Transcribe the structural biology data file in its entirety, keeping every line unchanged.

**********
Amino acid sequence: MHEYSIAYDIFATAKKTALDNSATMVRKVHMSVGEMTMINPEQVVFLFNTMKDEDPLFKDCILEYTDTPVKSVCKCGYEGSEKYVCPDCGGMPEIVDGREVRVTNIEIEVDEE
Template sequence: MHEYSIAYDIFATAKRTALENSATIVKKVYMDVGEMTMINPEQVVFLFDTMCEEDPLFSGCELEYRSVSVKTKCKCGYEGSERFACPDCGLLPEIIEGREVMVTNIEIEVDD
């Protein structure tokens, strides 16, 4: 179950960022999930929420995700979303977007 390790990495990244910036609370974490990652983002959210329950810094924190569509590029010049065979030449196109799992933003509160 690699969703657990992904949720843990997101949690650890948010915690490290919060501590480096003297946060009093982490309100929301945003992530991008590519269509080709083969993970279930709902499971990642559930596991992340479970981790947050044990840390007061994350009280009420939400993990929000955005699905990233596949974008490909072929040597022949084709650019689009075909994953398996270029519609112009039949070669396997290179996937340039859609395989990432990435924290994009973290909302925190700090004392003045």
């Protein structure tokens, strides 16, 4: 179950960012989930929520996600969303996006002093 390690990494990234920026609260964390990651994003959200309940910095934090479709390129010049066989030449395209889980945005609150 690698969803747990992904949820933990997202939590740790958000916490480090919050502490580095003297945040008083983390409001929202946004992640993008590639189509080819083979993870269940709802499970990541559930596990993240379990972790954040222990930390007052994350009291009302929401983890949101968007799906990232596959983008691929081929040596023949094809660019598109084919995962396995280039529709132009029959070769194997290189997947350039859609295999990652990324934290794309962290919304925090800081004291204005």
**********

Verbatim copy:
Amino acid sequence: MHEYSIAYDIFATAKKTALDNSATMVRKVHMSVGEMTMINPEQVVFLFNTMKDEDPLFKDCILEYTDTPVKSVCKCGYEGSEKYVCPDCGGMPEIVDGREVRVTNIEIEVDEE
Template sequence: MHEYSIAYDIFATAKRTALENSATIVKKVYMDVGEMTMINPEQVVFLFDTMCEEDPLFSGCELEYRSVSVKTKCKCGYEGSERFACPDCGLLPEIIEGREVMVTNIEIEVDD
């Protein structure tokens, strides 16, 4: 179950960022999930929420995700979303977007 390790990495990244910036609370974490990652983002959210329950810094924190569509590029010049065979030449196109799992933003509160 690699969703657990992904949720843990997101949690650890948010915690490290919060501590480096003297946060009093982490309100929301945003992530991008590519269509080709083969993970279930709902499971990642559930596991992340479970981790947050044990840390007061994350009280009420939400993990929000955005699905990233596949974008490909072929040597022949084709650019689009075909994953398996270029519609112009039949070669396997290179996937340039859609395989990432990435924290994009973290909302925190700090004392003045």
């Protein structure tokens, strides 16, 4: 179950960012989930929520996600969303996006002093 390690990494990234920026609260964390990651994003959200309940910095934090479709390129010049066989030449395209889980945005609150 690698969803747990992904949820933990997202939590740790958000916490480090919050502490580095003297945040008083983390409001929202946004992640993008590639189509080819083979993870269940709802499970990541559930596990993240379990972790954040222990930390007052994350009291009302929401983890949101968007799906990232596959983008691929081929040596023949094809660019598109084919995962396995280039529709132009029959070769194997290189997947350039859609295999990652990324934290794309962290919304925090800081004291204005």